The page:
Lessons from the Post Office Scandal

4 Minutes

“There is no direct evidence of her taking any money… She adamantly denies stealing. There is no CCTV evidence. There are no fingerprints or marked bank notes or anything of that kind. There is no evidence of her accumulating cash anywhere, or spending large sums of money, or paying off debts… Nothing incriminating was found when her home was searched.”

These closing remarks by Justice Neil Stewart at the trial of sub-postmaster Seema Misra would normally lead you to believe that she would be found not guilty. But in fact a jury convicted her of stealing £75,000 from the Post Office in October 2010. She was sentenced to 15 months in jail.

We’ve all heard so much about this appalling scandal in the past few weeks (and if you haven’t already, it’s worth listening to the podcast on BBC Sounds which covers it in much more detail than the excellent ITV television series was able to). How the blind faith in an IT system led to convictions such as this, and how a corporate culture bent on protecting the ‘brand’ meant that questions were never asked, and if they were, any unfavourable answers were ignored.

One (of many) big questions

When I first heard about this scandal a few years ago, one question struck me more than any other. Why, after the first few cases arose, did no-one stop for a minute and think – ‘this seems unlikely. We need to look into it properly.’

The upsurge in cases of alleged theft or fraud must have skyrocketed. Now, whilst you might expect to find a few cases that might have been missed when the new technology was implemented, the rate must have been much higher than that. And looking at the individuals involved must have, must have raised questions for somebody, somewhere in the organisation.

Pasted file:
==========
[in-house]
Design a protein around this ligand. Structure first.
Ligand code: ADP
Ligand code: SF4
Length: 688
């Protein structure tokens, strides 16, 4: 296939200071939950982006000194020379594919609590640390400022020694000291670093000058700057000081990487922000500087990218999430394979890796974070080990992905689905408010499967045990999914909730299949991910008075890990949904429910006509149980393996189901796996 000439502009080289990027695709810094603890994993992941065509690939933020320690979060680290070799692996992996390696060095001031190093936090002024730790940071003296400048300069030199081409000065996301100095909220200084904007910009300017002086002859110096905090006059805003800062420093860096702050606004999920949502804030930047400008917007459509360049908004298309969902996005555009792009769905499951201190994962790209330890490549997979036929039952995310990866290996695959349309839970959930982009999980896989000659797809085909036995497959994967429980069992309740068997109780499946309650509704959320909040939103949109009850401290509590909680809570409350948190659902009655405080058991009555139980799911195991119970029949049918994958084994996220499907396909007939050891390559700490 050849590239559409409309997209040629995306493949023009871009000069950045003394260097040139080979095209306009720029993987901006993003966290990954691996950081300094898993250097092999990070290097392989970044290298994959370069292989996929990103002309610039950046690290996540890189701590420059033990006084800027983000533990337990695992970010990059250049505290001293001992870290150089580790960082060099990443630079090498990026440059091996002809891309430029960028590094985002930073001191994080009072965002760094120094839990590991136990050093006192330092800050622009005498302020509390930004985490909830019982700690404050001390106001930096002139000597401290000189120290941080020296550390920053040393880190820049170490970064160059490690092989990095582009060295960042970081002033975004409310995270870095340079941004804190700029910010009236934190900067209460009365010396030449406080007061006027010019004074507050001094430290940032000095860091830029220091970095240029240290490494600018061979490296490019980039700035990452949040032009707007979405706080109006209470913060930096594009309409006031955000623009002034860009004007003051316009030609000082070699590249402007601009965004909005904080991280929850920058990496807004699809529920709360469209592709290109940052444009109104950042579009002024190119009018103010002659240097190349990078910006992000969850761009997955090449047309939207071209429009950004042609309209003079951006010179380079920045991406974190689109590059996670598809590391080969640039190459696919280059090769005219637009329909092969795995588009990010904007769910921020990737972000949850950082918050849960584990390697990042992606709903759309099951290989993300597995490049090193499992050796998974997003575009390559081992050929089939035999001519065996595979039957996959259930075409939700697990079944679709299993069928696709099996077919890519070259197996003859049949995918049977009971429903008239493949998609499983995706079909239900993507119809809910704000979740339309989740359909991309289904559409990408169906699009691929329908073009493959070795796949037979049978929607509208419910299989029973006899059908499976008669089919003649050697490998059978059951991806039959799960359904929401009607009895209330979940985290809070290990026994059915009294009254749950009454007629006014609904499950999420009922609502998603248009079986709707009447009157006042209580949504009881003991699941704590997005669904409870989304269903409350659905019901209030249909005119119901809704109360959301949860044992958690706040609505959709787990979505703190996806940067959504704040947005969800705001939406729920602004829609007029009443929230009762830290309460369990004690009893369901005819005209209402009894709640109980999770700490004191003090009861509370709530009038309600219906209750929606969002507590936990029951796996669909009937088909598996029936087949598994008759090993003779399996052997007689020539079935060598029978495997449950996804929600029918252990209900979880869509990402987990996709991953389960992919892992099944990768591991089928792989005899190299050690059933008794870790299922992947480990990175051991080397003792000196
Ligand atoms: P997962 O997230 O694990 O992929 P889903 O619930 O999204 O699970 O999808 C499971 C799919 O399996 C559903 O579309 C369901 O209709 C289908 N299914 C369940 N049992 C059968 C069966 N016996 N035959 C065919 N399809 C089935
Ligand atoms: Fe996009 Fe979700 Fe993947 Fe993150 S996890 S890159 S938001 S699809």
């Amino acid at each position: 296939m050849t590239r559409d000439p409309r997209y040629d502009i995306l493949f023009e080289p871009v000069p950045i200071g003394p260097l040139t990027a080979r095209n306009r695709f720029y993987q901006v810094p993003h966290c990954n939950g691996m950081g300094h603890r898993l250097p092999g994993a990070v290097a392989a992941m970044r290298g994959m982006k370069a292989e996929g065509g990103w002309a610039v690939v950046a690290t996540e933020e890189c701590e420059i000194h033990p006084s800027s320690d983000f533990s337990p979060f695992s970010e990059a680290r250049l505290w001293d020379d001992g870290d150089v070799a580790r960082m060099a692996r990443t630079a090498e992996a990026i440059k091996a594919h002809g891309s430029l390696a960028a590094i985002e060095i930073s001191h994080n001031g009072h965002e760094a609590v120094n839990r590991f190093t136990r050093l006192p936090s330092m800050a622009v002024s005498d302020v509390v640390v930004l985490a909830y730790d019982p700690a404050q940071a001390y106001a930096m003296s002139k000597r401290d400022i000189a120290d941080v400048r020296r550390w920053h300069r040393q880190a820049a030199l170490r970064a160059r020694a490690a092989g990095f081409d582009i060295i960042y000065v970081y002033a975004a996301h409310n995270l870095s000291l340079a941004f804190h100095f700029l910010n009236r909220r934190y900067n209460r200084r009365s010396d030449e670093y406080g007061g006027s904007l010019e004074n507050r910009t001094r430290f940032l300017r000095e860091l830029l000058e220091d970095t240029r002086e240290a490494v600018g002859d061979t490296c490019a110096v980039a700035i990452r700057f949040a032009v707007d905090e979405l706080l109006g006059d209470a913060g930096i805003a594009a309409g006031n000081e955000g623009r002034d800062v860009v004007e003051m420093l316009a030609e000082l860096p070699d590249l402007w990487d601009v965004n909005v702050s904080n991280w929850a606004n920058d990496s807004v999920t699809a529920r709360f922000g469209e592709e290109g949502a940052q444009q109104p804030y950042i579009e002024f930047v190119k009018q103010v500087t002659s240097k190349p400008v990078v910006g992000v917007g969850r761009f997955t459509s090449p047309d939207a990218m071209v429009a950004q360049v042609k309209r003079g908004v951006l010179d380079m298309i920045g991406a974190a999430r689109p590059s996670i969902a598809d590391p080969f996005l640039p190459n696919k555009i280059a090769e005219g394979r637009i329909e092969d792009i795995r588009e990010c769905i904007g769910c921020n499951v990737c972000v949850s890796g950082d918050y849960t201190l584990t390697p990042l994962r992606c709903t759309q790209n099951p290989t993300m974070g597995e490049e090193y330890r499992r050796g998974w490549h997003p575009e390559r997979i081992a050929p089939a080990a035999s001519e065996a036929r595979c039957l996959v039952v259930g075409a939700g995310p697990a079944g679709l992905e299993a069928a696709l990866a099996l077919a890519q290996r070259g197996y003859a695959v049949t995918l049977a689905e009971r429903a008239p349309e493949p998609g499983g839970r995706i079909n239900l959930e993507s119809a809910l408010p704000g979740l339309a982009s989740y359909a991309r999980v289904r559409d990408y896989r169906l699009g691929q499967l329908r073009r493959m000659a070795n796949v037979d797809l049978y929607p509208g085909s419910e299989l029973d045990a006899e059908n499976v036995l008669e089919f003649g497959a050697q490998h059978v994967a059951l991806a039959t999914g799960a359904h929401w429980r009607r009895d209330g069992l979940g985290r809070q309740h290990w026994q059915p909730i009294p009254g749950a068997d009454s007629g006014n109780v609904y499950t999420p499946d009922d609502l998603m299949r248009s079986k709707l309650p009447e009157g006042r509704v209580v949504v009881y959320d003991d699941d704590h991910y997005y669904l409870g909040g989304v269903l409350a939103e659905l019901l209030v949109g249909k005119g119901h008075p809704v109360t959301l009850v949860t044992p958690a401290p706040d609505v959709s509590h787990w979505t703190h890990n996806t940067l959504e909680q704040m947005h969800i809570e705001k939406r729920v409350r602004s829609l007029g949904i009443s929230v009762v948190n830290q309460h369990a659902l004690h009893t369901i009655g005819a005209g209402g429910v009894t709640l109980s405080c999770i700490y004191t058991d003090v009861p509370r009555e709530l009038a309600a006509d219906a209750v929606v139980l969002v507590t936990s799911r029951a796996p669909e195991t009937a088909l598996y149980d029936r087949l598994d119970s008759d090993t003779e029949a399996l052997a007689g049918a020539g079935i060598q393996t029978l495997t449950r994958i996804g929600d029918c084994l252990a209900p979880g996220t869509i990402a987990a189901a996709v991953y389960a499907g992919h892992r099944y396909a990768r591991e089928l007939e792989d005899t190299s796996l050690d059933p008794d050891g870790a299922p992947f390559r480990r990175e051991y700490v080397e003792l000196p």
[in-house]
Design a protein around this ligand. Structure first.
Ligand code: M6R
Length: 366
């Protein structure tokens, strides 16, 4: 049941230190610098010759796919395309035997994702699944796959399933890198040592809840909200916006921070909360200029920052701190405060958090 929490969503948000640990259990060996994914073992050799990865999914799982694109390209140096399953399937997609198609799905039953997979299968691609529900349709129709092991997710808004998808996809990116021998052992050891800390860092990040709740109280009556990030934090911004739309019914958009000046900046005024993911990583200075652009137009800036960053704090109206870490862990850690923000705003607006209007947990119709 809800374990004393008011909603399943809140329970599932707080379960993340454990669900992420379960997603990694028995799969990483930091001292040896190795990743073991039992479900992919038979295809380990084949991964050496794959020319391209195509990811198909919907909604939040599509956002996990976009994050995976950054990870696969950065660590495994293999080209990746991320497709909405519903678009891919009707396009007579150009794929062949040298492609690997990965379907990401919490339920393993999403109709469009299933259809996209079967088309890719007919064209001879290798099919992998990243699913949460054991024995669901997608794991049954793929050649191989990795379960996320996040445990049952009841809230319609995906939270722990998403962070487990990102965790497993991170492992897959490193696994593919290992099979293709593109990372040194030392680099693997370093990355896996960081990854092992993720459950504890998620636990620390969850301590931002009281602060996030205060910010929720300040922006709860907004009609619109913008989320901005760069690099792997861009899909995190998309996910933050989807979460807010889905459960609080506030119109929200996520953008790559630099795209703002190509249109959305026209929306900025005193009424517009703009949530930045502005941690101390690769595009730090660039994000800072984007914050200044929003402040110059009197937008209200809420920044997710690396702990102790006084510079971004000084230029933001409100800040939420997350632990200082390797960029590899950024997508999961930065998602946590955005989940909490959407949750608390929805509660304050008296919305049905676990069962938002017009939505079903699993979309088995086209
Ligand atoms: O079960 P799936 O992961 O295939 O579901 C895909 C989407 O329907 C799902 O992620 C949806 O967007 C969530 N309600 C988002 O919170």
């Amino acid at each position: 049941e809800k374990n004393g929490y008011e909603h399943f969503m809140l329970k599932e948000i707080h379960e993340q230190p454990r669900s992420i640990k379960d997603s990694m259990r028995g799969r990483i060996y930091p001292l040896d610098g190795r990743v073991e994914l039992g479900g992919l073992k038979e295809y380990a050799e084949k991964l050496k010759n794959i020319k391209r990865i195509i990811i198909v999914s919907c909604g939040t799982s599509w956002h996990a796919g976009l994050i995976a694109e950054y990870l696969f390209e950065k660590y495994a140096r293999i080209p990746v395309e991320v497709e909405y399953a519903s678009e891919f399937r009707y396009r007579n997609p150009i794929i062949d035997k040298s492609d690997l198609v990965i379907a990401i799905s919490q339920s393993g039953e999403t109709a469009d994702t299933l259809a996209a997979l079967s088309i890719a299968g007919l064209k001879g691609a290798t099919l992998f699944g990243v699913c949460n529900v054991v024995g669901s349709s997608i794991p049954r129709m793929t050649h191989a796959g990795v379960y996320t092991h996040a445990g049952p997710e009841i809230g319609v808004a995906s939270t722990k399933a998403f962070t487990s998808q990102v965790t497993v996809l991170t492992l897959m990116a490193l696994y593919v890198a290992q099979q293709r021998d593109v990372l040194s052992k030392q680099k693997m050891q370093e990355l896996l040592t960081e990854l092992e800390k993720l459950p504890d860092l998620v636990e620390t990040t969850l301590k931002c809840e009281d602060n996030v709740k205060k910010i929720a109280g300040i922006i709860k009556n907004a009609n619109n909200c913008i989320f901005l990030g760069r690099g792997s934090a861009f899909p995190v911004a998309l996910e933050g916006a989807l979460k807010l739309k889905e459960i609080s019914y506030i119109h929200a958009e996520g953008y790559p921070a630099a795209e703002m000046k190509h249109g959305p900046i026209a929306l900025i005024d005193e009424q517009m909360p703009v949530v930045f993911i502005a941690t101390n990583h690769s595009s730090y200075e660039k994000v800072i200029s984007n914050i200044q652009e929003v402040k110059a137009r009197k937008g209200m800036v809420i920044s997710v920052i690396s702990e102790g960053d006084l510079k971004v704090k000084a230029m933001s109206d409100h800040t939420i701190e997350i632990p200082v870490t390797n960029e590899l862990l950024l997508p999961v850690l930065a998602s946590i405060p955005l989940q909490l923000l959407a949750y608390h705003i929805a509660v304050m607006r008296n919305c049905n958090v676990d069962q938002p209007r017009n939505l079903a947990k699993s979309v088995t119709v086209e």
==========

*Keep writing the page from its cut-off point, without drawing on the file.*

Postmasters and postmistresses that had managed their branches for years, with no issues whatsoever, all suddenly deciding that now was the time to try and defraud the organisation that provided their livelihood? Really?
Maybe someone did. Maybe questions were asked but were hushed into silence. Or maybe the belief in the technology was so strong that no-one could contemplate it being anything but correct.

The Investigations

Either way, it’s clear that whatever investigations did take place were biased and unfair. The investigators were looking for evidence to prove the allegations, rather than evidence to exonerate. They took nothing that the sub-postmasters said into account, and effectively were the judge, jury and executioner.

And if the postmasters had been employees, this could have led to the biggest number of Employment Tribunal cases that one company has ever experienced.

Along with many other examples of ‘this is how not to do it’, the way that those investigations were carried out is a key one for employers. Investigations should be fair, unbiased and look for evidence on both sides.

Next Steps for You

If you have a situation at work that requires investigation – don’t hesitate to get in touch. Or you can access the recording of my previous webinar on Handling Disciplinary issues here.